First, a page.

The resurfacing of intoxicating romantic feelings—but this time, toward a man—threw me into an unexpected panic. I quickly gathered an excuse about having to leave, fumbled to put my shoes on, and bolted out the door. Although I later covered for myself by sending apology texts, rambling about how intimacy scared me due to a lack of romantic experience, the truth ran much deeper than that.

For a couple of weeks, I felt like a stranger to myself. Although we continued to see each other, I was feeling increasingly uneasy about what was developing. I garnered so much joy and pride from my alignment with lesbianism, and genuinely believed that identifying as bisexual—or assuming a more ambiguous queer label—would strip that away from me. I was reasonable enough to acquiesce and admit to myself that these thoughts were a result of deeply ingrained biphobia and a stubborn resistance to change, but I didn’t care at the time.  The potential loss felt too visceral.

Despite my swirling fears and concerns, I resolved to keep an open mind—suppressing the old, familiar voice inside my head that was telling me to keep the cold water running.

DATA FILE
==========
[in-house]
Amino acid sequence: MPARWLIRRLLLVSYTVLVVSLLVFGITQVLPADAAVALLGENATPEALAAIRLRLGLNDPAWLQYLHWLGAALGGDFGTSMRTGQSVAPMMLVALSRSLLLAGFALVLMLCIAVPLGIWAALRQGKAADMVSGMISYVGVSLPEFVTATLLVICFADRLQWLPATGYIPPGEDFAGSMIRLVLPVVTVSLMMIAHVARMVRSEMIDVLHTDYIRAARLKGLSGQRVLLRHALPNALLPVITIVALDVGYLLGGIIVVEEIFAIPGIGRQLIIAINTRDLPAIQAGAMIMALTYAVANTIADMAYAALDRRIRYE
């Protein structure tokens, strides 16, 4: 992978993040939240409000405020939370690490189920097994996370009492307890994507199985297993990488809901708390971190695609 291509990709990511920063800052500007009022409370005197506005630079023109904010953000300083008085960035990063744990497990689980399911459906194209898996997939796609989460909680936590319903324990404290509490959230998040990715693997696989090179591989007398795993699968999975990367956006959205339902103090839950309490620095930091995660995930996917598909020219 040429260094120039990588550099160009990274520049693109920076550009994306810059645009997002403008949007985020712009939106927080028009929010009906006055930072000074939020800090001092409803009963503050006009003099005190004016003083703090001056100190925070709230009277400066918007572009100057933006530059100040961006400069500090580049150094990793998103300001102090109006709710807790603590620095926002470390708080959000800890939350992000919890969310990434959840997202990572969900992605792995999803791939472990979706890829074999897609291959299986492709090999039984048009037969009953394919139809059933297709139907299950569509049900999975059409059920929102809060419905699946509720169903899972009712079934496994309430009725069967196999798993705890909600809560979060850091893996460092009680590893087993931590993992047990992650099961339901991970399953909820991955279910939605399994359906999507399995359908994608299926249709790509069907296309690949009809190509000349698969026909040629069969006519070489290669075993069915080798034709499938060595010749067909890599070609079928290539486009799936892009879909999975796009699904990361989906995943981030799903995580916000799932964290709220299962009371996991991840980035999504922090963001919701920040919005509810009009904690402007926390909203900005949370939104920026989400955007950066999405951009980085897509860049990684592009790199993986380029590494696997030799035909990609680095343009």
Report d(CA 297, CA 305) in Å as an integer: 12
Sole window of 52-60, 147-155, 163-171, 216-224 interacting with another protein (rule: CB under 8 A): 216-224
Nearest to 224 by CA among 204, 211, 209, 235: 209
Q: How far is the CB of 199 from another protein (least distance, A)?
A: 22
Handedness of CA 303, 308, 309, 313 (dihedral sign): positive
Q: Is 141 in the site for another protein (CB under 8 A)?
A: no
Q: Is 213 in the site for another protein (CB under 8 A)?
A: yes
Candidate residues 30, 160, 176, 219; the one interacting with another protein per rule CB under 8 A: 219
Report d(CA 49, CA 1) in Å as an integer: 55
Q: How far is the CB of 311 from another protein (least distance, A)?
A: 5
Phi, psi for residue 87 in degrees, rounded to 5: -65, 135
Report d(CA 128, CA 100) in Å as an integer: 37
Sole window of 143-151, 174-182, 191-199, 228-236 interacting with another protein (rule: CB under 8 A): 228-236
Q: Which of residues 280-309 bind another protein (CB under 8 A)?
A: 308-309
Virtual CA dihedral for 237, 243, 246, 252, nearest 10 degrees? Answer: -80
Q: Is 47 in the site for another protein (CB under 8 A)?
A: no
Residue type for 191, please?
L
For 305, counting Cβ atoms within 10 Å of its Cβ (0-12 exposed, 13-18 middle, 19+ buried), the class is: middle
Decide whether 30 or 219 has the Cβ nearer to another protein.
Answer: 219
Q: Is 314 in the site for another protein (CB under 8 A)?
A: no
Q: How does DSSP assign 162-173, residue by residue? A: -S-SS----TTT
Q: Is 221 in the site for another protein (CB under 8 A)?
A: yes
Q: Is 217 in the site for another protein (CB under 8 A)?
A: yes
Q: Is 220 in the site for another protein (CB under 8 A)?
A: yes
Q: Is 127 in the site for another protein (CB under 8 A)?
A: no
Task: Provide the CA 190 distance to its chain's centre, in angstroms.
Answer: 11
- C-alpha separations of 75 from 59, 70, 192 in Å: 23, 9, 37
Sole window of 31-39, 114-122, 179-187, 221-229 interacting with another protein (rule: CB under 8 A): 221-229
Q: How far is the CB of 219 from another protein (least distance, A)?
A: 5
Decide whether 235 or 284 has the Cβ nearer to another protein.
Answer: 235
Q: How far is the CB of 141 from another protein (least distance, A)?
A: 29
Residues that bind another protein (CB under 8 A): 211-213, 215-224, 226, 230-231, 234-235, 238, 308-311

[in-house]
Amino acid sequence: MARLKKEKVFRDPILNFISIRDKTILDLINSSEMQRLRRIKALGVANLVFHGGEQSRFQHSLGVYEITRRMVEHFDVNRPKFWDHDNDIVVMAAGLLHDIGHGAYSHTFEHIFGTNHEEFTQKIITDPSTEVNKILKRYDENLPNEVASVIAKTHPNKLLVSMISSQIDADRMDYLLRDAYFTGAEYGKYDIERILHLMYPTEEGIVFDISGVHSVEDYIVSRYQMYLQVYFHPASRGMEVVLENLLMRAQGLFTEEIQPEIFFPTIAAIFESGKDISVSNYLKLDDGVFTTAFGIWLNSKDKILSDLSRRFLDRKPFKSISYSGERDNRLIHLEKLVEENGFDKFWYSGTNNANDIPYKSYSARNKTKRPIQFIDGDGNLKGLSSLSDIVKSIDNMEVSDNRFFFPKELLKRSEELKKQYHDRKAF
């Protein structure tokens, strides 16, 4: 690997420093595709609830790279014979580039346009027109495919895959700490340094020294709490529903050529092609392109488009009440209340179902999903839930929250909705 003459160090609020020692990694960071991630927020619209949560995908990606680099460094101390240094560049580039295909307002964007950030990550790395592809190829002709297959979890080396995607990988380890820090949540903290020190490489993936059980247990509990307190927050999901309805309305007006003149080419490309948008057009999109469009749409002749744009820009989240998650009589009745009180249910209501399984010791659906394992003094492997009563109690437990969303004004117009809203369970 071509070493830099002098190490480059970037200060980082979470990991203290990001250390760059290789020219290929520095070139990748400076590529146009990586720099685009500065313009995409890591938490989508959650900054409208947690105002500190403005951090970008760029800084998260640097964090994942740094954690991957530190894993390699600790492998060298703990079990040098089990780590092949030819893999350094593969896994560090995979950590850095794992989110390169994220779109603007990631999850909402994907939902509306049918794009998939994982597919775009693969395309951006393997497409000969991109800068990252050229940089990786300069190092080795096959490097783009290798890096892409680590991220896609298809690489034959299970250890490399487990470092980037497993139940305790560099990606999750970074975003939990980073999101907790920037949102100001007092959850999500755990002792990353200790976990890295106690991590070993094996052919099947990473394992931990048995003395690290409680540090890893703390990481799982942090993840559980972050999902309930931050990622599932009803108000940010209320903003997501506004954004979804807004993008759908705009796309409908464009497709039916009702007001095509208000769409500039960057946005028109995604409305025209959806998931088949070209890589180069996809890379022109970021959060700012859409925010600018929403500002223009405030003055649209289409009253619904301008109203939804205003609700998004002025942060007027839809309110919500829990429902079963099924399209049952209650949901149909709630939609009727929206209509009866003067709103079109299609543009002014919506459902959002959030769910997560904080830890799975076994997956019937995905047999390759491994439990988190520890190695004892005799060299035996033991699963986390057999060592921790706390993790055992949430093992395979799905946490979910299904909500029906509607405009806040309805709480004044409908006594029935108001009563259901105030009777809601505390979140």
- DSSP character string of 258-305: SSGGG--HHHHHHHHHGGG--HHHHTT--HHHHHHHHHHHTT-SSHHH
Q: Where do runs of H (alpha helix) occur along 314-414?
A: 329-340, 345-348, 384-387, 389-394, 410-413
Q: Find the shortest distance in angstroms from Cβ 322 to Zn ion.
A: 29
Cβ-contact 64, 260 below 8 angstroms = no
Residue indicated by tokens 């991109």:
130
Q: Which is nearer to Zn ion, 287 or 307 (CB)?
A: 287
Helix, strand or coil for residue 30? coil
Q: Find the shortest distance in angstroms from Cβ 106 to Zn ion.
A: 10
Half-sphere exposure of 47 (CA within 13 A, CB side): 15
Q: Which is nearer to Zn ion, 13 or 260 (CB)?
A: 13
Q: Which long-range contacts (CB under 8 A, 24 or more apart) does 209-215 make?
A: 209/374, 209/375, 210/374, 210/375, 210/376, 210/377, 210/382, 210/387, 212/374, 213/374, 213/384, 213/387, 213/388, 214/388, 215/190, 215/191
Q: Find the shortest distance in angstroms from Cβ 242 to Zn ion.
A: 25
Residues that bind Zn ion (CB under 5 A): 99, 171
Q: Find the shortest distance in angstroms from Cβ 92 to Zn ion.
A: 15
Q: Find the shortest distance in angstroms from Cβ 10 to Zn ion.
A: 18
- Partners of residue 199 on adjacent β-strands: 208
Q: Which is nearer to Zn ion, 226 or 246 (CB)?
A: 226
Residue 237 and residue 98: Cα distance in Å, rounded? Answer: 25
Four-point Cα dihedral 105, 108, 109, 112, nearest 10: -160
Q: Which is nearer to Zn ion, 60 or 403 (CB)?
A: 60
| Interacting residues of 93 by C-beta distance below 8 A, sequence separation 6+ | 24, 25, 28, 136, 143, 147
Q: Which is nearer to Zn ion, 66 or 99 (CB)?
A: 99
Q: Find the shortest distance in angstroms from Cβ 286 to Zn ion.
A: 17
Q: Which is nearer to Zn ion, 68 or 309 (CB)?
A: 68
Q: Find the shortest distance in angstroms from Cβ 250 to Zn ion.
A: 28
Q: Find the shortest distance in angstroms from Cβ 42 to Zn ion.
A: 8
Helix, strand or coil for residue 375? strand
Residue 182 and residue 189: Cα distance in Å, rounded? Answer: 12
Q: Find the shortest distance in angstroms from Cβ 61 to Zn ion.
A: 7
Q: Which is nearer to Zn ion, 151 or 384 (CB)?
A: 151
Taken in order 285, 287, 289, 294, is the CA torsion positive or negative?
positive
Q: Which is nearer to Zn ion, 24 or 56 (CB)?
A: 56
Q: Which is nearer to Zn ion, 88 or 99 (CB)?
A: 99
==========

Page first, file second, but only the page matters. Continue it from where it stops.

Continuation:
Although our romantic entanglement proved to be brief, unsustainable, and emotionally lacking, I’m glad I pushed through the cloud of discomfort and fully accepted the experience for all that it was. The conclusions I drew from it are among the most profound lessons I’ve ever absorbed into my psyche.

I think back to the harmful foundation I constructed for myself as a child and feel a cavernous sadness for her—but more importantly, I am unabashedly proud of myself for taking a step that required me to reconsider my restrictive obsession with labels. Now when people ask me about my sexuality, I smile and say I’m queer.

The title feels right this time. It gives me the space I so desperately need to breathe—and explore my sexuality without the burden of guilt. 

Accepting that you can and will misperceive yourself throughout your life––especially as a resolute, change-averse individual––feels like taking a hammer to a thick glass box that refuses to shatter. But eventually, when your arm is nearly exhausted, you give a blow that brings it all to the ground.

And now, whenever I wash my hands, I turn on both faucet handles and allow the water to freely dance between warm and cold.

My fingers are happier that way.